A forever young ecosystem: Light gap creation and turnover of subtropical mangrove forests in Moreton Bay, Southeast Queensland, Australia

Aldrie, Amir and Duke, Norman C. (2009). A forever young ecosystem: Light gap creation and turnover of subtropical mangrove forests in Moreton Bay, Southeast Queensland, Australia. In: , Proceedings of the 11th Pacific Science Inter-Congress and 2nd Symposium on French Research in the Pacific. 11th Pacific Science Inter-congress in conjunction with the 2nd Symposium on French Research in the Pacific, Tahiti, French Polynesia, (1-5). 2-6 March 2009.

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Author Aldrie, Amir
Duke, Norman C.
Title of paper A forever young ecosystem: Light gap creation and turnover of subtropical mangrove forests in Moreton Bay, Southeast Queensland, Australia
Conference name 11th Pacific Science Inter-congress in conjunction with the 2nd Symposium on French Research in the Pacific
Conference location Tahiti, French Polynesia
Conference dates 2-6 March 2009
Proceedings title Proceedings of the 11th Pacific Science Inter-Congress and 2nd Symposium on French Research in the Pacific
Place of Publication Honolulu, United States
Publisher Pacific Science Association
Publication Year 2009
Sub-type Fully published paper
ISBN 9782110989642
Start page 1
End page 5
Total pages 5
Language eng
Abstract/Summary Light gaps act as important renewal agents in mangrove forests. Light gaps progress through a number of stages starting from the death of a patch of trees through to its infill and rejuvenation of forest. These define a process of mangrove regeneration where forests naturally replace themselves over time. Light gaps in Moreton Bay mangroves were assessed to develop a greater understanding of the physical characteristics and microclimate change with adjacent canopies. Historical aerial photographs from 1978 to 2007 were analysed to reveal the dynamic processes of these mangrove forests and the role of light gap creation. The annual average number of new light gaps and the annual average number of gaps in recovery phases were calculated and used to estimate forest turnover. The average size of gaps in Moreton Bay is 84.2 m2. Average forest turnover based on gap creation decreased from 1987 to 2007. An increase in gap creation rate may be indicative of an increase in storm activity - a possible tangible effect of global climate change.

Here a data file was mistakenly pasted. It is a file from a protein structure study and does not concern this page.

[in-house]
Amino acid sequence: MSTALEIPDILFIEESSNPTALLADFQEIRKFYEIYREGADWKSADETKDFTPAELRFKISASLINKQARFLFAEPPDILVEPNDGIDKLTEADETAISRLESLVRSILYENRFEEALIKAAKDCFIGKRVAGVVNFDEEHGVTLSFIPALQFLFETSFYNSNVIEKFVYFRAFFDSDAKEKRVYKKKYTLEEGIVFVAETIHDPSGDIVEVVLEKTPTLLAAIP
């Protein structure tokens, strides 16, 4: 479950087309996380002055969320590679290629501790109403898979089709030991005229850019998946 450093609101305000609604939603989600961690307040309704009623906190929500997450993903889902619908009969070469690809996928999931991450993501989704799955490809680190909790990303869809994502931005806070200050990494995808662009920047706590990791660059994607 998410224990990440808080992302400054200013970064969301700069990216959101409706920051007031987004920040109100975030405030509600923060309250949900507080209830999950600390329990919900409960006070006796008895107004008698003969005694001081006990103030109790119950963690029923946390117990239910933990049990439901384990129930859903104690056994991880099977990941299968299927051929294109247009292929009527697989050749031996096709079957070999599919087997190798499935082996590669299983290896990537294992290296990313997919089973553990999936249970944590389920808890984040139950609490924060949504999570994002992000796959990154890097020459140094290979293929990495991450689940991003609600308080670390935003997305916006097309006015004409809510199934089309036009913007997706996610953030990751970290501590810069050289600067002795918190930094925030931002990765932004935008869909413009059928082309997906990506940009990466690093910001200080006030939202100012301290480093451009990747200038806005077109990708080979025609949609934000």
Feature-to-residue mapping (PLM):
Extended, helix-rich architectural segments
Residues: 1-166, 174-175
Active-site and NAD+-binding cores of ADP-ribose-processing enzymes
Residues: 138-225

Keyword Mangrove
Light gap
Forest dynamics
Natural disturbances
Natural regeneration
Lightning strike
Q-Index Code E1
Q-Index Status Provisional Code
Institutional Status UQ

Document type: Conference Paper
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Created: Mon, 15 Nov 2010, 18:32:42 EST by Dr Norman C Duke on behalf of School of Biological Sciences